Endless Highway...

'Stolen Car', charcoal and pastel on paper, A2 size

This drawing above seems to exemplify those abstract elements discussed in the last blog post more clearly. As I do more of these and get used to the charcoal and pastel I’m beginning to think more about the formal qualities I want from them and make decisions around this.

Seeing them all on the studio floor and how they relate to each other is pretty exciting. There seems to be a real dynamism emerging from the big black shapes that dominate the compositions.

I watched with the students a documentary on David Hockney’s recent Yorkshire landscapes today. Seeing all the original paintings he made ‘en plein air’, before he went on to make those multi-panelled bigger pieces, I was really struck by their scale as he arranged them in his LA studio. Size is at the forefront of my thinking at present as I mull over how to take my own drawings into paint. I had thought that they should be really large, but seeing Hockney’s pieces, in combination with Kline re-entering my head, I’m now not so sure. They need to be large, but maybe not that large…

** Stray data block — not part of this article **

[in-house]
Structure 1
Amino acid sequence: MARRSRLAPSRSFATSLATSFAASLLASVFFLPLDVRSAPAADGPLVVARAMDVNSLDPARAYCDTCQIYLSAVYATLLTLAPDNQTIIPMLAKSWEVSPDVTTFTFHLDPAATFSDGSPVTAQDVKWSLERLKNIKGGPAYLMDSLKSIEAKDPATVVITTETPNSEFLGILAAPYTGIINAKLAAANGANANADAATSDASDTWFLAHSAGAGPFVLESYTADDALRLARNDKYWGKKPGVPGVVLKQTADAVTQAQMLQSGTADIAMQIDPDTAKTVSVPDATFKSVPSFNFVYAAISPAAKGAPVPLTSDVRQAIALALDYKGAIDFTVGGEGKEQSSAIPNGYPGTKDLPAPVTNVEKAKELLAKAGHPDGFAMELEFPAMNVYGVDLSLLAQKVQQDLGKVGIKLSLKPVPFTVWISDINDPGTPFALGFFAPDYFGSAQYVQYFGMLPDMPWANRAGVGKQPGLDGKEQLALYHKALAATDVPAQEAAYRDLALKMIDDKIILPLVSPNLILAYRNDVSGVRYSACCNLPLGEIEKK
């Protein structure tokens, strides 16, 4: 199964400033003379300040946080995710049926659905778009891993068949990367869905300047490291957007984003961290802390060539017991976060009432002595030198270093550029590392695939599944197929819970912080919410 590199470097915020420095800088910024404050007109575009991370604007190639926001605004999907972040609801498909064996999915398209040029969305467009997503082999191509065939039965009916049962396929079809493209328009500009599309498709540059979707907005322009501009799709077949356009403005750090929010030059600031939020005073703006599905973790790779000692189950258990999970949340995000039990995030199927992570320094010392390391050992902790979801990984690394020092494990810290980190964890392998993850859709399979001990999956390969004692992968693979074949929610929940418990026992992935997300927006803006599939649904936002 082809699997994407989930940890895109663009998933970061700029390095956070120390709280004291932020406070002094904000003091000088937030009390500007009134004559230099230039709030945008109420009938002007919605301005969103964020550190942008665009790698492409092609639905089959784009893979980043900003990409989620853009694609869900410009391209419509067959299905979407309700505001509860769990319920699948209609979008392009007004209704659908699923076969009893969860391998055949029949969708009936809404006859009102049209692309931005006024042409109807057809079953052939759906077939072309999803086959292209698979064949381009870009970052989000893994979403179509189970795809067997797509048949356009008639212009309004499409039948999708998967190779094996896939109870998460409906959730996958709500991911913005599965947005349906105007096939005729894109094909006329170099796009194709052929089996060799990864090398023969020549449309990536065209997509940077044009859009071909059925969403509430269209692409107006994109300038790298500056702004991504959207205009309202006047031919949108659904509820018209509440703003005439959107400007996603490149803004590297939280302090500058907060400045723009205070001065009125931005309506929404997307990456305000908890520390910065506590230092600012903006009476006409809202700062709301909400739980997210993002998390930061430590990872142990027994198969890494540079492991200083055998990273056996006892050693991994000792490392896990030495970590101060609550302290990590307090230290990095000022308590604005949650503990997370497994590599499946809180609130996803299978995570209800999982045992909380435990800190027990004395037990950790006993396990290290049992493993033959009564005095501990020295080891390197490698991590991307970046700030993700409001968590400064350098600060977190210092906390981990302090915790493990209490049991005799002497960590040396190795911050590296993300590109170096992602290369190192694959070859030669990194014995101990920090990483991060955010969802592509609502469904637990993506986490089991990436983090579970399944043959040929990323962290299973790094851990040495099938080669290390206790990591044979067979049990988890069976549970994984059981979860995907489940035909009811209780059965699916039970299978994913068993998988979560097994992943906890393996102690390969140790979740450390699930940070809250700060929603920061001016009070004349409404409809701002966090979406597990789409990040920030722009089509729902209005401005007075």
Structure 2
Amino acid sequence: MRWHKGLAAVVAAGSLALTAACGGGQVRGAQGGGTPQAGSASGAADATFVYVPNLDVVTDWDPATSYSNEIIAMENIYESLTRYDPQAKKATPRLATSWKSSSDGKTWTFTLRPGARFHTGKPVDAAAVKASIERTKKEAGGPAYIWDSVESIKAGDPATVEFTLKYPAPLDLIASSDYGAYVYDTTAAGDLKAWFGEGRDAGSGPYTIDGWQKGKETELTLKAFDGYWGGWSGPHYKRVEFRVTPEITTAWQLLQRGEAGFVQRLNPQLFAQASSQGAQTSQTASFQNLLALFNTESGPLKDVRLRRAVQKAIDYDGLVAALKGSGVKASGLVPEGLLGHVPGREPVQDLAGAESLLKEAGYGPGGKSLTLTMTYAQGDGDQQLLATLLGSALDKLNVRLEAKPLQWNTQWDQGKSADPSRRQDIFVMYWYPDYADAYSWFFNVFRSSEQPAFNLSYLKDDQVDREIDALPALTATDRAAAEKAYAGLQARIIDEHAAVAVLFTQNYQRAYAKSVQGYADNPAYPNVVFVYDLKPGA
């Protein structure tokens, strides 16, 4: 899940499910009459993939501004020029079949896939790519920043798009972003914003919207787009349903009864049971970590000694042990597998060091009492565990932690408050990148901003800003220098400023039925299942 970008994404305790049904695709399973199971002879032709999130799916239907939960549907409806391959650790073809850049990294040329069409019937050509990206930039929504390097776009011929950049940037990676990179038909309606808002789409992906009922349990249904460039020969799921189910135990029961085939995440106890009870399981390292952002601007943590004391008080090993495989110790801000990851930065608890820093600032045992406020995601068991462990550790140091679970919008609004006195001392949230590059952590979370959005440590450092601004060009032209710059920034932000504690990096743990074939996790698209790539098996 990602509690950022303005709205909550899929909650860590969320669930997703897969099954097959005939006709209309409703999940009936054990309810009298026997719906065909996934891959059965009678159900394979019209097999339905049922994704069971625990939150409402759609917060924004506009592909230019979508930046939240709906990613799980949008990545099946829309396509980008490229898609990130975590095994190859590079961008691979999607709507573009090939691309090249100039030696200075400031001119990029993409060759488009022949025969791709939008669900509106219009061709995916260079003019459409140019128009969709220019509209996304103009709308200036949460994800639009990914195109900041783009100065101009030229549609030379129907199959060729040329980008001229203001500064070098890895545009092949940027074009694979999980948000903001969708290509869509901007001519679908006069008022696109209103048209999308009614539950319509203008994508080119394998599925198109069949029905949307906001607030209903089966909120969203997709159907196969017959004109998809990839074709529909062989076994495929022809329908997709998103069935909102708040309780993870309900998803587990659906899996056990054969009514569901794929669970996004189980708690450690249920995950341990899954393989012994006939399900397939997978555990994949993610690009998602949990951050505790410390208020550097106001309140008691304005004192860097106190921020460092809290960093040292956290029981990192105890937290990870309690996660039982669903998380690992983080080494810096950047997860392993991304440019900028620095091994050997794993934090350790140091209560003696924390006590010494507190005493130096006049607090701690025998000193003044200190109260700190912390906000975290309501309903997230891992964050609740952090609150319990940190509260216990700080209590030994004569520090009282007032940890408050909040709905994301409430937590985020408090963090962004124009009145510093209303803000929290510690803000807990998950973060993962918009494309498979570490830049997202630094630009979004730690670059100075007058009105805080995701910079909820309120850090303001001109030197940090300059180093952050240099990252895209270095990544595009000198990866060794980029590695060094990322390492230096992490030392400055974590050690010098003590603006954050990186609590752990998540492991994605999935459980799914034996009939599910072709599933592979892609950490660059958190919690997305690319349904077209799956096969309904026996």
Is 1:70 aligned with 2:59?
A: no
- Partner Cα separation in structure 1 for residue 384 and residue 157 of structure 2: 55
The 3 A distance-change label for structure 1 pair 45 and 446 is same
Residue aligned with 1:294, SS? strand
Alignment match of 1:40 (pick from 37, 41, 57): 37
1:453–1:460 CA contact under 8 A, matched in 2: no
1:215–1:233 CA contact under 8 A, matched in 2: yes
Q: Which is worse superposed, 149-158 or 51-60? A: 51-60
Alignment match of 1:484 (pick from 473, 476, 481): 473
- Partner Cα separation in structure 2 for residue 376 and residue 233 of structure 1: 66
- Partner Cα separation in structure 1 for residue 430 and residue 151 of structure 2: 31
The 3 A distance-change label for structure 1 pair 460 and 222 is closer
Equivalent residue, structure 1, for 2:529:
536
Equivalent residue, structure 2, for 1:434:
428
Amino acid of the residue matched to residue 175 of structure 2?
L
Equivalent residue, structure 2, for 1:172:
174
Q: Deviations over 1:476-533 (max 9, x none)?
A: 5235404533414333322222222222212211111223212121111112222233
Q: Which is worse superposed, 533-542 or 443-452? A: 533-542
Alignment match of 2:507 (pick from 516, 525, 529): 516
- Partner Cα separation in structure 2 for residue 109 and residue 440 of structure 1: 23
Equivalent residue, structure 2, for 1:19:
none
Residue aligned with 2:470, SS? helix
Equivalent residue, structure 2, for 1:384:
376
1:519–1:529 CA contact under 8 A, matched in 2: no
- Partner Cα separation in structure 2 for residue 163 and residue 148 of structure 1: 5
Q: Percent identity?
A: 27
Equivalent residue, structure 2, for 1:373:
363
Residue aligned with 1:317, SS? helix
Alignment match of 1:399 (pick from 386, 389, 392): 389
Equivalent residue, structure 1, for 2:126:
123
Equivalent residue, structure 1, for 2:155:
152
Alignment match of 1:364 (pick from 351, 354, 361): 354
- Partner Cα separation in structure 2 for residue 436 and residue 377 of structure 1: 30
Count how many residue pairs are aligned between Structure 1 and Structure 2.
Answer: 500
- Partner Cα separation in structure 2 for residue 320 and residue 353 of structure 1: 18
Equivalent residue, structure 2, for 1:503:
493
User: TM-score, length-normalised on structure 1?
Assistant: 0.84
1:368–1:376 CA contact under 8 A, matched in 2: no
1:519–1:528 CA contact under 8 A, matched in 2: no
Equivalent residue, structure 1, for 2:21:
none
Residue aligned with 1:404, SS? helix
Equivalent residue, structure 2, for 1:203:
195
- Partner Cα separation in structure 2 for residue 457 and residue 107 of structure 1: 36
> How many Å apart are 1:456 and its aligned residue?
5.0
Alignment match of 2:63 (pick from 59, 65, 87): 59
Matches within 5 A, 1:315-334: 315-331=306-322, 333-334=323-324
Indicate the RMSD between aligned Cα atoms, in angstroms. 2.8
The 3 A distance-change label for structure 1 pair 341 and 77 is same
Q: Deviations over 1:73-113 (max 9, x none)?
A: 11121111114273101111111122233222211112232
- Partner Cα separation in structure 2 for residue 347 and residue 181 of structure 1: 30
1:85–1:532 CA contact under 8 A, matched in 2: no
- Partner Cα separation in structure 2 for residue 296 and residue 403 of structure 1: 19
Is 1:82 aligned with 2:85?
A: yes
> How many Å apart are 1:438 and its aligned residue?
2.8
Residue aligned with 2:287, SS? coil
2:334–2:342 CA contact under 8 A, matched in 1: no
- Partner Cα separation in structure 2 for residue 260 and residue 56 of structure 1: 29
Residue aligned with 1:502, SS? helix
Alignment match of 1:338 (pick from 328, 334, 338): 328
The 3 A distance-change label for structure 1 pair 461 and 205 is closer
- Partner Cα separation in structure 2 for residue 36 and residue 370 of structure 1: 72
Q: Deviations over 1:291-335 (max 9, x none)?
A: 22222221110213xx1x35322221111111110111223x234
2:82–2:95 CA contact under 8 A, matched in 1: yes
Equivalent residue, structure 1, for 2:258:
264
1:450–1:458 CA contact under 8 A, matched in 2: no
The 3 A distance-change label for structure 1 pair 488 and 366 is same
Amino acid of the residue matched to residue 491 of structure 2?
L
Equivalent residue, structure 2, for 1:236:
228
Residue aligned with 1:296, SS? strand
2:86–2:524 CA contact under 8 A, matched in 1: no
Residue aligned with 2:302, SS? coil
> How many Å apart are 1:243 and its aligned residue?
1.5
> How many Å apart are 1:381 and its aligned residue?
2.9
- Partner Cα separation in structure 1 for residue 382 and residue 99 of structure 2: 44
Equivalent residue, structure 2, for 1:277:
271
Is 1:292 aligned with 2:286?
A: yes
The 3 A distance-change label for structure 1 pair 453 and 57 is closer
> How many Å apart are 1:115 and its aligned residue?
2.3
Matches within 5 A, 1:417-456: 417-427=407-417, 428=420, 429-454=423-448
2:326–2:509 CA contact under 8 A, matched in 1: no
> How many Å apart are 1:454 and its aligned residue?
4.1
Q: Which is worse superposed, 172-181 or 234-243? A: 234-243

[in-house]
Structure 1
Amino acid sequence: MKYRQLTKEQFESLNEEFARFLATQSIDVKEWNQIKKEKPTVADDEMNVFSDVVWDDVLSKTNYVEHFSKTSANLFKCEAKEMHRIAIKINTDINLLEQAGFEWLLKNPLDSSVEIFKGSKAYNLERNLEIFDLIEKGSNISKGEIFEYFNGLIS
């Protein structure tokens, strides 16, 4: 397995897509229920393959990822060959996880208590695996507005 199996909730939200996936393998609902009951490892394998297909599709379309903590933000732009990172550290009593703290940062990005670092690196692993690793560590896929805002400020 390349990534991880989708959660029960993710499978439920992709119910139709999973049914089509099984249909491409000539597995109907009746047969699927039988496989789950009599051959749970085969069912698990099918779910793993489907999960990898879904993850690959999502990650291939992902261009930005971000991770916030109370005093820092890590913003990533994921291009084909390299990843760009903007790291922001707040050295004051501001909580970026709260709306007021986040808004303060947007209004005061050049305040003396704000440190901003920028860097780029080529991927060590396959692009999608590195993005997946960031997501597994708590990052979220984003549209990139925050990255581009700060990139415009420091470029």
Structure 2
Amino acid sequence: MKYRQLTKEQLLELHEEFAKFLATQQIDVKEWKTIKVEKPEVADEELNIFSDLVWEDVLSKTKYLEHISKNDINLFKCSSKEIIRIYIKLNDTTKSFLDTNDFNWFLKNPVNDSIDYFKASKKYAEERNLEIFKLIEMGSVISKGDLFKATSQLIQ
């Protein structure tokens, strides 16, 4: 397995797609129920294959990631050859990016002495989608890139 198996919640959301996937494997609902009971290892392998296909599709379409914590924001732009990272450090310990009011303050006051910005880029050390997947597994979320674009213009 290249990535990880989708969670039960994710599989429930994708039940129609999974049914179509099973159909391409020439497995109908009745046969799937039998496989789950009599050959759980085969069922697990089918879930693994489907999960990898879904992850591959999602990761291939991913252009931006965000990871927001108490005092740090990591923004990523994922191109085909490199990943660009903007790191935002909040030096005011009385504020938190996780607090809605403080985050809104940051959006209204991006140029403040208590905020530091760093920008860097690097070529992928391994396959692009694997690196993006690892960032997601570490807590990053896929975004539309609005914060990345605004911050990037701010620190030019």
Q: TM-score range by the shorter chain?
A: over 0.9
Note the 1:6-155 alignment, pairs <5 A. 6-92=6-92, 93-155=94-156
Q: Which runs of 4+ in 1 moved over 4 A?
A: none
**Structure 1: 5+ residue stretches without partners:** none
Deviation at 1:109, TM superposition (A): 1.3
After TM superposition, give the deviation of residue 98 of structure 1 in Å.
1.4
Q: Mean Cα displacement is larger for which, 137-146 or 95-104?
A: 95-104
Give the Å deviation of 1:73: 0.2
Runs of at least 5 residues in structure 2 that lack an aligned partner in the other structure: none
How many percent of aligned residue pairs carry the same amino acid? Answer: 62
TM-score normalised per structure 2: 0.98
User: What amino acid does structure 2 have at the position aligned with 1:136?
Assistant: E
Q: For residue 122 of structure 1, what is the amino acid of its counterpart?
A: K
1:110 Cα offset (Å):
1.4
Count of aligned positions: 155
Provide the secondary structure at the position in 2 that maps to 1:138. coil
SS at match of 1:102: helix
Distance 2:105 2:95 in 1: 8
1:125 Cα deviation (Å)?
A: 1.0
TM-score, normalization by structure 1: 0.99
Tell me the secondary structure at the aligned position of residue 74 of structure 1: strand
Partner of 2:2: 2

Monday, 7 November 2011

Beyond Here Lies Nothin'...

'Stolen Car', charcoal and pastel on paper, A2 size

This third drawing in charcoal above, reminded me of some of my original creative motivations behind these nocturnal images of the motorways around West Bromwich. The huge swathes of black shapes from the motorway structure itself and the dark large shadows reminded me of the paintings of Abstract Expressionist painters, Franz Kline and Pierres Soulages. I really like Kline’s energetic, yet spare, work and the reduction in them down to just using black and white paint. Soulages paintings are much denser and heavily worked but have a mysteriousness to them I like. I thought that the motorways had a similar quality worth exploring. Yet when I did visit them again with more creative ideas in mind, I was struck by the amount of colour actually in the scenes, so this seed of an idea of them being perhaps a riff on Kline’s paintings never grew any further.

Franz Kline

Pierres Soulages

Now making these black and white drawings Kline and Soulages have entered my thoughts again as I think about how to develop them into paintings.